3)  Road games against sub .500 teams:  Every team will win a few games on the road against bad teams.  When you are shooting well and the home team is stinking the place up it looks easy (Sacramento).  The sign that a team is starting to be good is when you "win ugly."  This is exactly what the Blazers did against the Knicks on Tuesday.  We looked like crap for most of three quarters and still pulled out the W.  We did the same thing earlier in the year at Minnesota. 

Unless a team is really dominant, it is going to drop a handful of games in this category.  Sometimes the home team gets hot, sometimes your legs feel like lead, sometimes the shots just won't go in, sometimes you just can't get up to play another sub .500 team.  The goal here is to win a solid majority of these games.  Lets say 60%, or 12-8. 

So far the Blazers have 4 wins (MN, Sac, NY, Wash) and 1 loss (GS) in this group.

4)  Road games against above .500 teams:  these are the games that fans get all excited about and then get all depressed over when their team looses, which is most of the time.  The truth is that you are not going to win a majority of your road games against quality teams, even if you are very, very good.  Even a 60 win team is going to loose 22 games.  Most of those will come on the road against good teams.   This is why home court advantage is so important in the playoffs.  I don't know the exact figures (I hope somebody will look them up and post them in the comments), but I would estimate that the home team wins at least 75% of all playoff  games.  The same must be true in the regular season.   It is probably a bit lower for teams just above .500 than for the truly elite teams.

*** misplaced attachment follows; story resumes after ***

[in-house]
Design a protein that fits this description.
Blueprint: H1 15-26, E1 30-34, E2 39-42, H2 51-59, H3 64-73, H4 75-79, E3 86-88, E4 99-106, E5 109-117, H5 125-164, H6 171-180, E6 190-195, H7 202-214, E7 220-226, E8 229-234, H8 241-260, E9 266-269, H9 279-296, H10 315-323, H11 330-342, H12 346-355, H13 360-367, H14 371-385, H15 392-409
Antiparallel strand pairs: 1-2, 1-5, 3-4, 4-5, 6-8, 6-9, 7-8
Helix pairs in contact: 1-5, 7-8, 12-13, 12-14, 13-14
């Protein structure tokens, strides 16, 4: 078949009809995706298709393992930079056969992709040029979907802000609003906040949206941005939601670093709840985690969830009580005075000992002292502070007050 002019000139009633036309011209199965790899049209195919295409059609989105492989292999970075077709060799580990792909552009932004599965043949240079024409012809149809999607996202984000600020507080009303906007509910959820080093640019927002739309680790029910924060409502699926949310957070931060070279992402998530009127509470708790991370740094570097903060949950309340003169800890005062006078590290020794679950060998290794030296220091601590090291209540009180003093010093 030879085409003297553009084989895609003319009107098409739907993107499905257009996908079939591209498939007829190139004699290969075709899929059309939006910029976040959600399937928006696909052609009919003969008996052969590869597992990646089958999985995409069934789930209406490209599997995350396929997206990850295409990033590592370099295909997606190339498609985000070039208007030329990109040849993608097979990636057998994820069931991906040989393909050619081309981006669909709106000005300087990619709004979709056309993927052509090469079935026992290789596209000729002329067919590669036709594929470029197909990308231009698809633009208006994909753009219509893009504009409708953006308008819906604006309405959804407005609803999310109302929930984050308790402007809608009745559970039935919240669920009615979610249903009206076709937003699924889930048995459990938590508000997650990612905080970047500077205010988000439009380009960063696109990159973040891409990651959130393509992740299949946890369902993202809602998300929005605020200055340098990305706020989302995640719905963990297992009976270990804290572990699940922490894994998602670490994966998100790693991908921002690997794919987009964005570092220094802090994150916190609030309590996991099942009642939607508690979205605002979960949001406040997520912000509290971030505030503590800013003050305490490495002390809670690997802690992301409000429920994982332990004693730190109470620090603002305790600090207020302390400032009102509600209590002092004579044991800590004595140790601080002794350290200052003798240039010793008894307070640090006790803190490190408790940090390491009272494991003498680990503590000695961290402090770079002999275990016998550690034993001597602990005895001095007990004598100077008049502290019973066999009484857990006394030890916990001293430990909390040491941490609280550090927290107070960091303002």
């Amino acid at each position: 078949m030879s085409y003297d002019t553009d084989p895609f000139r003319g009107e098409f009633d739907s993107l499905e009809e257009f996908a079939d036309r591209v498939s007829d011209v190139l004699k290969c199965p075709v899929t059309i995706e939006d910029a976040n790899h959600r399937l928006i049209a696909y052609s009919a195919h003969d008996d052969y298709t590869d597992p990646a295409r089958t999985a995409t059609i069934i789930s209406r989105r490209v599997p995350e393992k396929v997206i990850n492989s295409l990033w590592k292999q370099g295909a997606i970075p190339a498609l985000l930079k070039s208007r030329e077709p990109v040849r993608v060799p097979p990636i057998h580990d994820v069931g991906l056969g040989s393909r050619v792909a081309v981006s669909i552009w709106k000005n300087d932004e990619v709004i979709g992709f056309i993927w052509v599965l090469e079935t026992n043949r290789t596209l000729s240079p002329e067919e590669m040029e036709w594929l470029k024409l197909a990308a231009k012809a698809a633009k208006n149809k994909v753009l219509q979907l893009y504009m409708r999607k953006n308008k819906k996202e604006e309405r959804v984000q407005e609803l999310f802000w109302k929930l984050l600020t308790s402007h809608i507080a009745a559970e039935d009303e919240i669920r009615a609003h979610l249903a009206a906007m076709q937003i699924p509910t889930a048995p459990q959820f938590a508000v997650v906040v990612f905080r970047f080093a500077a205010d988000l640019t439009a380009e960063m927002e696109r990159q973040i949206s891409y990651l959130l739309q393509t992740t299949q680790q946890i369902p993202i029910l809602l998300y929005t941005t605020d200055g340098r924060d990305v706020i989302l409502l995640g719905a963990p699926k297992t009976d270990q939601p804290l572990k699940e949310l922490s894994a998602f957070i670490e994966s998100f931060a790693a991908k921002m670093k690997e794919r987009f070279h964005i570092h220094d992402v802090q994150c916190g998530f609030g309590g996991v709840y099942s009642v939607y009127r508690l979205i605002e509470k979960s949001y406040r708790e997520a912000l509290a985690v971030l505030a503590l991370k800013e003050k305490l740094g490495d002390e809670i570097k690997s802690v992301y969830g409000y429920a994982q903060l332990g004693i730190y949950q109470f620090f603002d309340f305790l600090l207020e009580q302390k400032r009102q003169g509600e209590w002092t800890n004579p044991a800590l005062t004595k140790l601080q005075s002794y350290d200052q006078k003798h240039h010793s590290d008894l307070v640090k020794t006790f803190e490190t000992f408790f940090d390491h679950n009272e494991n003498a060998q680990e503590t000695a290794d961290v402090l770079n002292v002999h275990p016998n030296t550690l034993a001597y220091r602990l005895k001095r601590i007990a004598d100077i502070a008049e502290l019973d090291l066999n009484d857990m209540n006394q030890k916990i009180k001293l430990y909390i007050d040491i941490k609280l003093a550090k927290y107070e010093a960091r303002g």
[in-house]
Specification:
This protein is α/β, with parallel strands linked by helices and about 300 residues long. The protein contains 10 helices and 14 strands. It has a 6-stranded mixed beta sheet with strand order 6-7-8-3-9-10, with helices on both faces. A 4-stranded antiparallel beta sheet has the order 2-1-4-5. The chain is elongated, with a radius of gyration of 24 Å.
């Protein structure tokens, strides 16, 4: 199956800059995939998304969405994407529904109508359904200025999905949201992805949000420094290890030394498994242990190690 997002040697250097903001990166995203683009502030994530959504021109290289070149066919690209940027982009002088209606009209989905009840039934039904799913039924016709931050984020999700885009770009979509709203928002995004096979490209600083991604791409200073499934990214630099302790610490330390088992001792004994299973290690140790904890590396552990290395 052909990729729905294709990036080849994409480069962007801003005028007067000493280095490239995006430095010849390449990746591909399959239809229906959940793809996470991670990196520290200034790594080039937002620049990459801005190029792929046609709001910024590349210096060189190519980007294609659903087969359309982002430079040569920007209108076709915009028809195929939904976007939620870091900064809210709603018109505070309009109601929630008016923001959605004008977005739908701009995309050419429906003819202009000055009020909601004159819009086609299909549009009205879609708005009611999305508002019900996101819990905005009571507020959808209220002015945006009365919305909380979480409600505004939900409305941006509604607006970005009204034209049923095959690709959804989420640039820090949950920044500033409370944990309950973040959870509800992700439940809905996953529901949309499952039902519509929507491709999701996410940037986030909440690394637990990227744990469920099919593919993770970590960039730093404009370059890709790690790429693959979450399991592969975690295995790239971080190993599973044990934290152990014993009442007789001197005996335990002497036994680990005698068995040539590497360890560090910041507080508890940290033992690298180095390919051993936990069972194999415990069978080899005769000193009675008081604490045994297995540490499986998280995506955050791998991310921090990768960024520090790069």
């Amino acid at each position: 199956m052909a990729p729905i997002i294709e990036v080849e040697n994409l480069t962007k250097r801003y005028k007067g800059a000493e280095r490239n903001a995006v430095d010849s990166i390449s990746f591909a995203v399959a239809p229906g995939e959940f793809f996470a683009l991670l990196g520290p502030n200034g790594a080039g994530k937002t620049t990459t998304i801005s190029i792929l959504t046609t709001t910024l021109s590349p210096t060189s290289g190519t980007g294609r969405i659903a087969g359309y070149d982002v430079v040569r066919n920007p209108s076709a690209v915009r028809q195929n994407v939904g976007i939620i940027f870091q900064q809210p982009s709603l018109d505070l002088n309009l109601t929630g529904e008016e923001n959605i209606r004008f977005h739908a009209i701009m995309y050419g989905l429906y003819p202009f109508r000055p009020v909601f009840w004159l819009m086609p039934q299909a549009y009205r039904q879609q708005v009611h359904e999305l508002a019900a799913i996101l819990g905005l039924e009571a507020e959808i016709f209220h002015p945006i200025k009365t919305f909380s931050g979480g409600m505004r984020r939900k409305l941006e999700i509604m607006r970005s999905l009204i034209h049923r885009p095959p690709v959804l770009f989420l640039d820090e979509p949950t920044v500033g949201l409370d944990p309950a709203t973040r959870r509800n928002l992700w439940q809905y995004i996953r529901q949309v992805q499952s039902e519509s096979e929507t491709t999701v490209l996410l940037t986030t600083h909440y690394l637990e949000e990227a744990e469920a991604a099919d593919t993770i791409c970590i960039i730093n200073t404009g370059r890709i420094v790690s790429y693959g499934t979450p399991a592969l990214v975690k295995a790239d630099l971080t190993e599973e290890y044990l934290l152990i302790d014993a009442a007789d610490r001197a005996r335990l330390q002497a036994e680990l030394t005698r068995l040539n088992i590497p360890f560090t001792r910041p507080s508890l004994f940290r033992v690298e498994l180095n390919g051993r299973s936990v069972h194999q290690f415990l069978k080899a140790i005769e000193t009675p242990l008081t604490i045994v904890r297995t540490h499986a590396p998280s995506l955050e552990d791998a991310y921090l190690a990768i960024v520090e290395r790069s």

Let's say that the win percentage for these games is 35%.  That would give us a record of 7-13 for these 20 games.  Chalking up the extra road game as a loss,  translates to a total road record of  19-22 

So far the Blazers have 3 wins against these teams (Miami, Orlando, Detroit) and 5 losses (LA, Phoenix 2, Utah, NO).  This is above pace.

SUMMARY:  This projection leads to a record of 51-31.  So far the Blazers are ahead of schedule in all four areas.  Given the difficulty of the schedule that is truly impressive.  Barring injuries and fatigue, made less likely by the Blazer's depth, the Blazers are clearly on schedule to exceed 50 wins.

This analysis should also temper expectations about tomorrow night.  The Blazers chances of winning on the road, against the defending Champs, on the fourth game of a road trip, can't be more than 1-10.  Don't despair if our guys loose or even if we get blown out.  It doesn't mean that we aren't good and it doesn't mean that we won't soon be among the elite.

Personally, I am waiting to see how we do on our home floor against Boston, Cleveland, and the L@kers.  I think we have to beat these teams at home before we can expect to beat them on the road.  Success at home will breed confidence

I have had fun going through this little exercise in applied probability.  I hope you guys find it interesting.